Rabbitte hints at softer budget than planned €3.1bn in cuts

A senior Labour minister has strongly hinted that the budget adjustment announced in October should be significantly less than the €3.1bn previously planned.

Communications Minister Pat Rabbitte said he “can’t see any argument” that would justify going further than the target of reducing the deficit to 5.1% of GDP next year.

Last week the economic think tank, the ESRI, recommended that the Government stick to its “fiscal consolidation” of €3.1bn in spending cuts and tax increases.

That figure had been signalled before last February when a deal to replace Anglo promissory notes with long-term Government bonds meant the Government will have about €1bn less to pay on interest as recorded in the public finances in 2014.

“The restructuring of the promissory note allows the Government some flexibility within the existing targets.” Mr Rabbitte told RTÉ’s The Week in Politics yesterday.

The ESRI advised caution, saying there are still many uncertainties and risks, both internationally and domestically, that may impact on economic growth and the public finances.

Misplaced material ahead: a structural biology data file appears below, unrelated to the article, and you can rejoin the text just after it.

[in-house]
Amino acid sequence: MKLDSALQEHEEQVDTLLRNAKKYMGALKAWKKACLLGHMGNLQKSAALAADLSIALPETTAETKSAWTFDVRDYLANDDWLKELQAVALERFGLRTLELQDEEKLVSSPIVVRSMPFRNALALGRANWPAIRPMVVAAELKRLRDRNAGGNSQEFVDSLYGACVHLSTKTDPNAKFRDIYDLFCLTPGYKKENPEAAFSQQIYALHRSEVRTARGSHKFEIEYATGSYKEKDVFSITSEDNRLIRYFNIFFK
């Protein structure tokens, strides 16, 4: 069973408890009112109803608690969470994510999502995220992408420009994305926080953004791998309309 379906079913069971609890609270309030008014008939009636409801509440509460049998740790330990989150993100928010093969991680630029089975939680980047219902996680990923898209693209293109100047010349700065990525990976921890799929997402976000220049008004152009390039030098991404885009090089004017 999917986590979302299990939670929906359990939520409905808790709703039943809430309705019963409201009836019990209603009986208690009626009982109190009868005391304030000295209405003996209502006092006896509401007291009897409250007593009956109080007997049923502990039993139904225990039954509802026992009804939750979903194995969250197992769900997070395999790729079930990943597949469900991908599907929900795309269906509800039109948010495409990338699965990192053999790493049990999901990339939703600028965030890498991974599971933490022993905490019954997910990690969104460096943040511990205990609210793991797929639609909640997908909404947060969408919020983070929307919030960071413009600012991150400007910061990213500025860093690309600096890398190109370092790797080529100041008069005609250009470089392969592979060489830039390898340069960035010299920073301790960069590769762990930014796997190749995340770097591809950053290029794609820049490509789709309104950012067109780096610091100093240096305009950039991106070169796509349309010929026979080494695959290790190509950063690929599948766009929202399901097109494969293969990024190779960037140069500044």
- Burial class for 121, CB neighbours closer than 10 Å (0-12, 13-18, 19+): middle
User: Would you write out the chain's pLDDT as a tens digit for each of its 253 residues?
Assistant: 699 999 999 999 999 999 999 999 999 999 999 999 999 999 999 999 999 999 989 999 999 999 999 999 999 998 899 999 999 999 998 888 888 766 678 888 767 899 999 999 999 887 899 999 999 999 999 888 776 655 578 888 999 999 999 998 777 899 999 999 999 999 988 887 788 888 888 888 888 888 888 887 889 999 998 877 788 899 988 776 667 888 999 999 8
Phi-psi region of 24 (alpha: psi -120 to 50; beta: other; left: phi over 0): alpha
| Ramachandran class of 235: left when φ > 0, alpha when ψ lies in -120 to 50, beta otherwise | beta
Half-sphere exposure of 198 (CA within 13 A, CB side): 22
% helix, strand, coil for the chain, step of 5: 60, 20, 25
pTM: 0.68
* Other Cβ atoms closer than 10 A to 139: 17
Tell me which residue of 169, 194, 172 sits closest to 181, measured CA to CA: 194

“Economic recovery is a fragile thing, there are tentative signs of domestic recovery. The international economy, especially the eurozone, is still very sluggish, In those circumstances, the Government has to be careful,” said Mr Rabbitte.

“But the fact of the matter is that some people have been enduring hardship during the five years since the economic crash. And in those circumstances, I can’t see any argument — and I’m not one of the ministers negotiating with the troika — that would justify us going further than the deficit target.”

He would not say what size the budget adjustment should be, but added: “Because we will have to pay less interest as a result of the restructuring of the promissory note, there is some breathing space there.”


Lifestyle

Cross rope bridges strung across the Atlantic or visit reimagining of time gone by; whatever you fancy doing, you’ll find it in Ulster.Staycations 2020: Take your pick from these great things to do in Ulster

Peter Dowdall has advice on caring for these perennial favouritesLook after your peonies and they'll brighten your garden

A routine smear test picked up Eileen Rushe's cancer when she was in her early 30s. It was a long road to recovery, says Arlene Harris.In check: Why every woman must get a cervical screening test

And we’re back! Ireland’s tourism and hospitality industry rebooted on Monday, with a ripple of giddy enthusiasm across the country, as byways and motorways whirred with the national great escape.What's a hotel visit like these days? Tom Breathnach checks in

More From The Irish Examiner